New Stereophile Jazz CD Available

In his primer this week on compression, Wes Phillips mentions the now-ubiquitous use of "louderization" in CD production, which fills in the musical valleys and flattens the expressionistic hills to make a recording sound uniformly loud. Stereophile editor John Atkinson has long railed against this practice, so when Bob Reina asked John to record his new jazz quartet, Attention Screen, John felt that this would be the opportunity to put his money where his mouth was. He would record the band, which mixes electric instruments—guitar and bass guitar—with acoustic—piano and drums—as though it was a classical acoustic ensemble, with no equalization and no compression. By doing so, he would demonstrate that even so, the sound would still have dynamics and impact, that making an honest recording does not have to be an obstacle to powerful sound quality.

"If there is one aspect of modern rock recording techniques that tires me," he writes in an article on the making of the CD scheduled to appear in Stereophile's September issue, "it is the overuse of compressors and limiters. Not only are songs dynamically squashed to the point where they sound uniformly and fatiguingly loud throughout, even when played quietly, but the natural dynamics of the drum and bass guitar tracks, in particular, are reduced so that they are reproduced at an unrealistically uniform level."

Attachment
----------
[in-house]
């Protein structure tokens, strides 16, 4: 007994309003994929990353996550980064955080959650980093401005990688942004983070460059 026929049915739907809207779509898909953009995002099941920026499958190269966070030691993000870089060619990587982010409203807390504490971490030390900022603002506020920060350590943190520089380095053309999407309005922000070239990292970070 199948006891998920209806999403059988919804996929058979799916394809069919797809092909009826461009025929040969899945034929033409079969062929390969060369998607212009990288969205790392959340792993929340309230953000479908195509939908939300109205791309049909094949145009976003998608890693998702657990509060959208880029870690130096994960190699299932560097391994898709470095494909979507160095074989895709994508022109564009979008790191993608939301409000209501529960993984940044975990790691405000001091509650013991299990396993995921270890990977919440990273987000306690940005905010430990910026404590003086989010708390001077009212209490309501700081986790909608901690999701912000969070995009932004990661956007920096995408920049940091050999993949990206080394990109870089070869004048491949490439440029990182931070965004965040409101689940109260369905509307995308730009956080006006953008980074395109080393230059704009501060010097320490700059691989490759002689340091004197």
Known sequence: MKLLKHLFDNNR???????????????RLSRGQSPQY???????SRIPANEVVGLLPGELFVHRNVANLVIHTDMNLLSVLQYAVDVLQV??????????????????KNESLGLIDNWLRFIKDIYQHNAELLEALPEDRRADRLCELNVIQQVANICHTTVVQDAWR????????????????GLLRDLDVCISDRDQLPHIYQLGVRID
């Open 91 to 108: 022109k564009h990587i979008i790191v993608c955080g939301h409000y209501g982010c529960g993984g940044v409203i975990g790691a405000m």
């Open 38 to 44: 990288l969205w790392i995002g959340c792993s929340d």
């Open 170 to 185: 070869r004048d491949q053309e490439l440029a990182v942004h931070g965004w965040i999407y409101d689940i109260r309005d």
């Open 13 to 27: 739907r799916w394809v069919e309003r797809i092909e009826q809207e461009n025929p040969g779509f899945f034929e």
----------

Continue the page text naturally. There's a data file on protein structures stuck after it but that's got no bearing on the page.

The goal was thus to make an honest non-classical recording, JA relying on each musician's ability to create music-defining sounds that left room for the three others in the dynamic, spatial, and frequency domains. Fortunately, in Attention Screen, he would be working with a band where that was possible. All four members—Don Fiorino (guitar, lap steel, lotar, taro patch ukulele), Bob Reina (piano), Chris Jones (fretless electric bass guitar), Mark Flynn (drums)—are composers and virtuosi, with chops developed both on the road and in music schools like Berklee. The music they play is spontaneously improvised, much as if the four guys had met by chance in the street and had a conversation. "Attention Screen is an attempt to do collectively in real time what a single composer does over a much longer period," explains Bob Reina. "To do that, we have to listen very carefully to what the other three guys are doing, and we have to react immediately to everything we hear to move the piece in a different direction. It's satisfying, but it's also a nerve-racking process."

Nerve-racking it might be, but the musical results are extraordinary. JA recorded Attention Screen last February at Manhattan's Merkin Concert Hall at Kaufman Center, using a mix of distant and close mikes with a minimal signal path, and capturing all 10 tracks with 24-bit resolution and an 88.2kHz sample rate. You can find Wes Phillips' review of the concert here; Wes also contributes an informative essay on Attention Screen's music and the art of improvisation in the 20-page booklet included with the CD's Digipak.

The 67-minute CD, the magazine's 21st release, contains six of the eight improvisations that were recorded. While the average level is lower than usual for a rock recording, the dynamic range is indeed extreme, as you would expect from a good classical recording. Yet all the impact you would expect from a rock recording has been preserved. "The tonal colors, the stereo image, and the range of dynamic expression you hear faithfully reflect what the audience experienced that magic night in Merkin Hall," sums up JA.

You can buy Attention Screen: Live at Merkin Hall from our e-commerce page. The price is an affordable $12 (plus S&H). We all hope you enjoy listening to it as much we did making it.

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